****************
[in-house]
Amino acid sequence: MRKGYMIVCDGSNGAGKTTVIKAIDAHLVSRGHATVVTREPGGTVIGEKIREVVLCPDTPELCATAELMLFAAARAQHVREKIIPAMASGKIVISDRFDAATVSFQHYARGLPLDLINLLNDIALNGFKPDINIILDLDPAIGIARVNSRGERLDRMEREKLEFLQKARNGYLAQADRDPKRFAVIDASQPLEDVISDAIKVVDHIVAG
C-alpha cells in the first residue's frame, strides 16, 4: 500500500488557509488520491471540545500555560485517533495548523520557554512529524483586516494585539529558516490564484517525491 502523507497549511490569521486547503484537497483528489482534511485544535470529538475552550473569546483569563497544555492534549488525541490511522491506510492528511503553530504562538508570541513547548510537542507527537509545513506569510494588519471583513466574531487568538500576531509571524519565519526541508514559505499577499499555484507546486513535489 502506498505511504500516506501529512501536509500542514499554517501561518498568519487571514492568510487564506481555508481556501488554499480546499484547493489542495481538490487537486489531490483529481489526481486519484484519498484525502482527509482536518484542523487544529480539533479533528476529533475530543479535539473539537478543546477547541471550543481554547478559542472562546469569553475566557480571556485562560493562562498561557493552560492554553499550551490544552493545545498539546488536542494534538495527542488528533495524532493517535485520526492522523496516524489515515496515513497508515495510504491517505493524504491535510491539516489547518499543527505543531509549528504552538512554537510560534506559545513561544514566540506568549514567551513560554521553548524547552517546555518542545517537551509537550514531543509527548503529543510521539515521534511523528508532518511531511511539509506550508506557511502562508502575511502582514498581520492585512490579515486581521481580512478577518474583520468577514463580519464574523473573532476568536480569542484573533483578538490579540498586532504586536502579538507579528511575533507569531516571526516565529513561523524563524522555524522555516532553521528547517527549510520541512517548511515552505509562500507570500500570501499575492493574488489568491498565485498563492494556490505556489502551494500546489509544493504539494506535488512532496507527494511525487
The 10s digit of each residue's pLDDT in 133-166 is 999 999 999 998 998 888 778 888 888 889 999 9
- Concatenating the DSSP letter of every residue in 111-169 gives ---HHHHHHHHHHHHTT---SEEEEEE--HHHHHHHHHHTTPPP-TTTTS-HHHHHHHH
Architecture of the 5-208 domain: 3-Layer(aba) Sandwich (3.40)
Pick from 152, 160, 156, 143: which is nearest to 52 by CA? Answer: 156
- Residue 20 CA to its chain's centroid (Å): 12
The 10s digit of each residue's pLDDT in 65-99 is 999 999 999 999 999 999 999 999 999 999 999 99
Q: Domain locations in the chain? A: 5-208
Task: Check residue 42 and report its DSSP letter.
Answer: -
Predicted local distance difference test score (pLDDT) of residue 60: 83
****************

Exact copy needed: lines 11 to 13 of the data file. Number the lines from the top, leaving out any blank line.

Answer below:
Task: Check residue 42 and report its DSSP letter.
Answer: -
Predicted local distance difference test score (pLDDT) of residue 60: 83